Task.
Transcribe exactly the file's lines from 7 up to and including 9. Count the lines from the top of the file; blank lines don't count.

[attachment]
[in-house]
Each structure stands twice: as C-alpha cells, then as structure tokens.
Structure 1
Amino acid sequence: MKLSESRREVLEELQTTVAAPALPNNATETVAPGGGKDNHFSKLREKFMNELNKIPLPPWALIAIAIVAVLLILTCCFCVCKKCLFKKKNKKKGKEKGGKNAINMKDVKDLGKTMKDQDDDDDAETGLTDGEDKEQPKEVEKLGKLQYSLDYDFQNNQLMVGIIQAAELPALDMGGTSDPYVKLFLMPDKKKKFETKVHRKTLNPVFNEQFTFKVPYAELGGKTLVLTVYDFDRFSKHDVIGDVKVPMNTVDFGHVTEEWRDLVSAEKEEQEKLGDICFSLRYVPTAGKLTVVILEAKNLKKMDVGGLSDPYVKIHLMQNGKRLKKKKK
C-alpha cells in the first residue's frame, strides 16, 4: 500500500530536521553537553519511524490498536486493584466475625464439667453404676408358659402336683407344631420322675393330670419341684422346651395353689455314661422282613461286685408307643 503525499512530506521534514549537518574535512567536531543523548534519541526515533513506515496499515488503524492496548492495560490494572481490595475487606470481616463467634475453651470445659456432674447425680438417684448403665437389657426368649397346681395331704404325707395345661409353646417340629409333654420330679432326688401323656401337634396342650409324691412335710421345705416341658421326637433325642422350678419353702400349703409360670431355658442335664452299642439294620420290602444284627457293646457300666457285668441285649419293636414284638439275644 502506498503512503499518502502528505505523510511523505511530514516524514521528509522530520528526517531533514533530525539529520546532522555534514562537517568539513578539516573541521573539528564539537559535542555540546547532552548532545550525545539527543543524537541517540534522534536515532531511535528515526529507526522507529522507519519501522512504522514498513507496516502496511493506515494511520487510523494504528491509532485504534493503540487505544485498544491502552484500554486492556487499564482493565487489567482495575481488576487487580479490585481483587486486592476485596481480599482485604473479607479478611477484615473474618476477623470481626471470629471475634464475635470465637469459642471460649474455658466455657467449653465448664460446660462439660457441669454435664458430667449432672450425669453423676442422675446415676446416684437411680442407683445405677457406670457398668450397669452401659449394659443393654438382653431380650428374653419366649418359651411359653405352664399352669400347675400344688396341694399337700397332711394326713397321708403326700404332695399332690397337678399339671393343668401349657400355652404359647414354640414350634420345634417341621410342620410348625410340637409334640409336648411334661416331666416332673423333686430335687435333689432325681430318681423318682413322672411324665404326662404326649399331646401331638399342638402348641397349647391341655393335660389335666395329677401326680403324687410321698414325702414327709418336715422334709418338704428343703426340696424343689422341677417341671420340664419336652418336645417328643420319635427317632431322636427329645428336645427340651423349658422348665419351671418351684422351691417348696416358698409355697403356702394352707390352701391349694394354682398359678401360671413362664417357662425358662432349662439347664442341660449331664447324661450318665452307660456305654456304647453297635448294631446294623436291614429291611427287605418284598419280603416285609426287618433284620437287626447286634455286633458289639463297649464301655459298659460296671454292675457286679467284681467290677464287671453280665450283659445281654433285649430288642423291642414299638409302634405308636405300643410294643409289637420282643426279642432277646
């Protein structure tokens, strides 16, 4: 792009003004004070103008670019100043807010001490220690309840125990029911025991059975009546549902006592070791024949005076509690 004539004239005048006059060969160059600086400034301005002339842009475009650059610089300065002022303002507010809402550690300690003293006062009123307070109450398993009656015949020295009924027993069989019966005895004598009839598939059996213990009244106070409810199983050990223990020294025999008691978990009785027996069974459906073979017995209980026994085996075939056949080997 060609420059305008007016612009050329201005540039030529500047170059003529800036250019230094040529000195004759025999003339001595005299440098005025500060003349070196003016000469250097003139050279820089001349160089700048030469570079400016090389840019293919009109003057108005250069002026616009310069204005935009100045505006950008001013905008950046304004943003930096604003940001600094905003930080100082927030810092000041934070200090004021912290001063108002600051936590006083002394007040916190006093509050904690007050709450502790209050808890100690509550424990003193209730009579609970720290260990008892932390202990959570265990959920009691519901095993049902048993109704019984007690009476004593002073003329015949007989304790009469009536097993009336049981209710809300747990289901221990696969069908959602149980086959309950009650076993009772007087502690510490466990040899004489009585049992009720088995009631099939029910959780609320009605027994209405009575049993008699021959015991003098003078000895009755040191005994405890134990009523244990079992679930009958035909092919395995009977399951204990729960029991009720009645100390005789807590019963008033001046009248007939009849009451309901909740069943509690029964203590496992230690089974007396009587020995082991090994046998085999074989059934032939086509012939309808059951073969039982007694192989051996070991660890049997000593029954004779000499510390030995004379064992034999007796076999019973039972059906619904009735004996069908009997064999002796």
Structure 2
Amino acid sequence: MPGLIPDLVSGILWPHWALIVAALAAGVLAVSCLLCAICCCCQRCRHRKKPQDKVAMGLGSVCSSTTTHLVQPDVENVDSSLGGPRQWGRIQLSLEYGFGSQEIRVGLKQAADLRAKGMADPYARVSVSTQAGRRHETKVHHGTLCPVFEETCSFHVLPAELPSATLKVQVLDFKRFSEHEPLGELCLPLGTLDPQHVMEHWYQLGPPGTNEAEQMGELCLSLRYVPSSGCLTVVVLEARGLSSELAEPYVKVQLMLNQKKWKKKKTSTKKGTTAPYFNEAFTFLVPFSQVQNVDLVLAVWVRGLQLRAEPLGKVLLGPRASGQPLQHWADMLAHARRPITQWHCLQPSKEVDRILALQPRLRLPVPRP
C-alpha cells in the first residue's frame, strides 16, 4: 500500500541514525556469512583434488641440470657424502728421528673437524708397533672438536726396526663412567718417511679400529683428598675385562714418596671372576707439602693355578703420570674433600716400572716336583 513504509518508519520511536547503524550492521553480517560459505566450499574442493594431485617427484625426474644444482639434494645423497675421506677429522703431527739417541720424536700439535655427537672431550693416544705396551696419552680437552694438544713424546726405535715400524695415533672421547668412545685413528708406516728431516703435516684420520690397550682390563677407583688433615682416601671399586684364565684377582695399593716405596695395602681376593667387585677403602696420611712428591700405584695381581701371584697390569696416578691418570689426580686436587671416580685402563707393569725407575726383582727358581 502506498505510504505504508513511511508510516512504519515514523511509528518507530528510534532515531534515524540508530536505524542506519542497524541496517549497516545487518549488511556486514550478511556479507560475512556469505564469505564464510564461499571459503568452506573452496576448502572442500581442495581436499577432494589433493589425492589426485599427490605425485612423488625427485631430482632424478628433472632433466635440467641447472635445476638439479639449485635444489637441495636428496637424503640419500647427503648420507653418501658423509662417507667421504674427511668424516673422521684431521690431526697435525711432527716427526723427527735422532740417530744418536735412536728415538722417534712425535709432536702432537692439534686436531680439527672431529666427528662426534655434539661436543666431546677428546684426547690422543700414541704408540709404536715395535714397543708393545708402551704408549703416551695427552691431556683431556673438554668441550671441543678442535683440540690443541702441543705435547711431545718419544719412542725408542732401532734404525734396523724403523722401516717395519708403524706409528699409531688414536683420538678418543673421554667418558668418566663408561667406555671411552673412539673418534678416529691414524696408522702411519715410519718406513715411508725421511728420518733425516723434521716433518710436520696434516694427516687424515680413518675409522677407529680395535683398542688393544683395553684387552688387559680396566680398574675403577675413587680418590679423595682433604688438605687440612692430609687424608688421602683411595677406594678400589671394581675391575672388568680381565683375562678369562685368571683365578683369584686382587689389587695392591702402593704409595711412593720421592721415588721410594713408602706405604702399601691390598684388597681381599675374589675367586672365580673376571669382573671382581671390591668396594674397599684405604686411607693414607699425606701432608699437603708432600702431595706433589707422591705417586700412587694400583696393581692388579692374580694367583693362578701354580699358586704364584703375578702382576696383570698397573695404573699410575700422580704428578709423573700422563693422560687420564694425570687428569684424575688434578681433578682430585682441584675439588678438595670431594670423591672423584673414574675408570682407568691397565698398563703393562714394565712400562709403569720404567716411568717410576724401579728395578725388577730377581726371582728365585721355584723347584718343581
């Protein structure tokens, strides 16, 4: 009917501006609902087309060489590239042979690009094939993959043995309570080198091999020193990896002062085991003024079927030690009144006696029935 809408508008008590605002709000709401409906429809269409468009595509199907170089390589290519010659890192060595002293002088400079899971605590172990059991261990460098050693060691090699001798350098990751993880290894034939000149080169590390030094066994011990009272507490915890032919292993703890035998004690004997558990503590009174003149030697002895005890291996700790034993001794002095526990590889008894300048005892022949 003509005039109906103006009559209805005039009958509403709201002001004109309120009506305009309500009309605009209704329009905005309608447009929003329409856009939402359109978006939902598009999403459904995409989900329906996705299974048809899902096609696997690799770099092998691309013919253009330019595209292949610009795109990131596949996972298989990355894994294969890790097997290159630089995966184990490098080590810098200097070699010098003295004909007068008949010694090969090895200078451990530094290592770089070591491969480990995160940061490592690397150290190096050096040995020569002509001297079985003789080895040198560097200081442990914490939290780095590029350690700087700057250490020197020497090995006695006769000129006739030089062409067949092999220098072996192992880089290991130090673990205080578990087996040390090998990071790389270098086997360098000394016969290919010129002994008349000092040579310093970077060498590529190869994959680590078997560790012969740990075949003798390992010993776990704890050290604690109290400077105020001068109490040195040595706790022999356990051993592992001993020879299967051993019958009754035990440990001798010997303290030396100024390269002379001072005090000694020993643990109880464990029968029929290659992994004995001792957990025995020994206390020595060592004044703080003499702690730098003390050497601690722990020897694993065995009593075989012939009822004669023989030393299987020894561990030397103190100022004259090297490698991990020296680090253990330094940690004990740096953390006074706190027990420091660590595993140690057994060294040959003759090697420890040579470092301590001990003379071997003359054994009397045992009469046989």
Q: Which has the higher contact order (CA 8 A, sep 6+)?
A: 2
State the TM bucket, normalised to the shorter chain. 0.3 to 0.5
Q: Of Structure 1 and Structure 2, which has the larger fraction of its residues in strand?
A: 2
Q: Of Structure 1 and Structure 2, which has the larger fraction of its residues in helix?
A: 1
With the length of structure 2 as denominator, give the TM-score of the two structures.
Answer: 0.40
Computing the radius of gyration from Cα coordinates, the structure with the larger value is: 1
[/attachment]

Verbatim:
Structure 2
Amino acid sequence: MPGLIPDLVSGILWPHWALIVAALAAGVLAVSCLLCAICCCCQRCRHRKKPQDKVAMGLGSVCSSTTTHLVQPDVENVDSSLGGPRQWGRIQLSLEYGFGSQEIRVGLKQAADLRAKGMADPYARVSVSTQAGRRHETKVHHGTLCPVFEETCSFHVLPAELPSATLKVQVLDFKRFSEHEPLGELCLPLGTLDPQHVMEHWYQLGPPGTNEAEQMGELCLSLRYVPSSGCLTVVVLEARGLSSELAEPYVKVQLMLNQKKWKKKKTSTKKGTTAPYFNEAFTFLVPFSQVQNVDLVLAVWVRGLQLRAEPLGKVLLGPRASGQPLQHWADMLAHARRPITQWHCLQPSKEVDRILALQPRLRLPVPRP
C-alpha cells in the first residue's frame, strides 16, 4: 500500500541514525556469512583434488641440470657424502728421528673437524708397533672438536726396526663412567718417511679400529683428598675385562714418596671372576707439602693355578703420570674433600716400572716336583 513504509518508519520511536547503524550492521553480517560459505566450499574442493594431485617427484625426474644444482639434494645423497675421506677429522703431527739417541720424536700439535655427537672431550693416544705396551696419552680437552694438544713424546726405535715400524695415533672421547668412545685413528708406516728431516703435516684420520690397550682390563677407583688433615682416601671399586684364565684377582695399593716405596695395602681376593667387585677403602696420611712428591700405584695381581701371584697390569696416578691418570689426580686436587671416580685402563707393569725407575726383582727358581 502506498505510504505504508513511511508510516512504519515514523511509528518507530528510534532515531534515524540508530536505524542506519542497524541496517549497516545487518549488511556486514550478511556479507560475512556469505564469505564464510564461499571459503568452506573452496576448502572442500581442495581436499577432494589433493589425492589426485599427490605425485612423488625427485631430482632424478628433472632433466635440467641447472635445476638439479639449485635444489637441495636428496637424503640419500647427503648420507653418501658423509662417507667421504674427511668424516673422521684431521690431526697435525711432527716427526723427527735422532740417530744418536735412536728415538722417534712425535709432536702432537692439534686436531680439527672431529666427528662426534655434539661436543666431546677428546684426547690422543700414541704408540709404536715395535714397543708393545708402551704408549703416551695427552691431556683431556673438554668441550671441543678442535683440540690443541702441543705435547711431545718419544719412542725408542732401532734404525734396523724403523722401516717395519708403524706409528699409531688414536683420538678418543673421554667418558668418566663408561667406555671411552673412539673418534678416529691414524696408522702411519715410519718406513715411508725421511728420518733425516723434521716433518710436520696434516694427516687424515680413518675409522677407529680395535683398542688393544683395553684387552688387559680396566680398574675403577675413587680418590679423595682433604688438605687440612692430609687424608688421602683411595677406594678400589671394581675391575672388568680381565683375562678369562685368571683365578683369584686382587689389587695392591702402593704409595711412593720421592721415588721410594713408602706405604702399601691390598684388597681381599675374589675367586672365580673376571669382573671382581671390591668396594674397599684405604686411607693414607699425606701432608699437603708432600702431595706433589707422591705417586700412587694400583696393581692388579692374580694367583693362578701354580699358586704364584703375578702382576696383570698397573695404573699410575700422580704428578709423573700422563693422560687420564694425570687428569684424575688434578681433578682430585682441584675439588678438595670431594670423591672423584673414574675408570682407568691397565698398563703393562714394565712400562709403569720404567716411568717410576724401579728395578725388577730377581726371582728365585721355584723347584718343581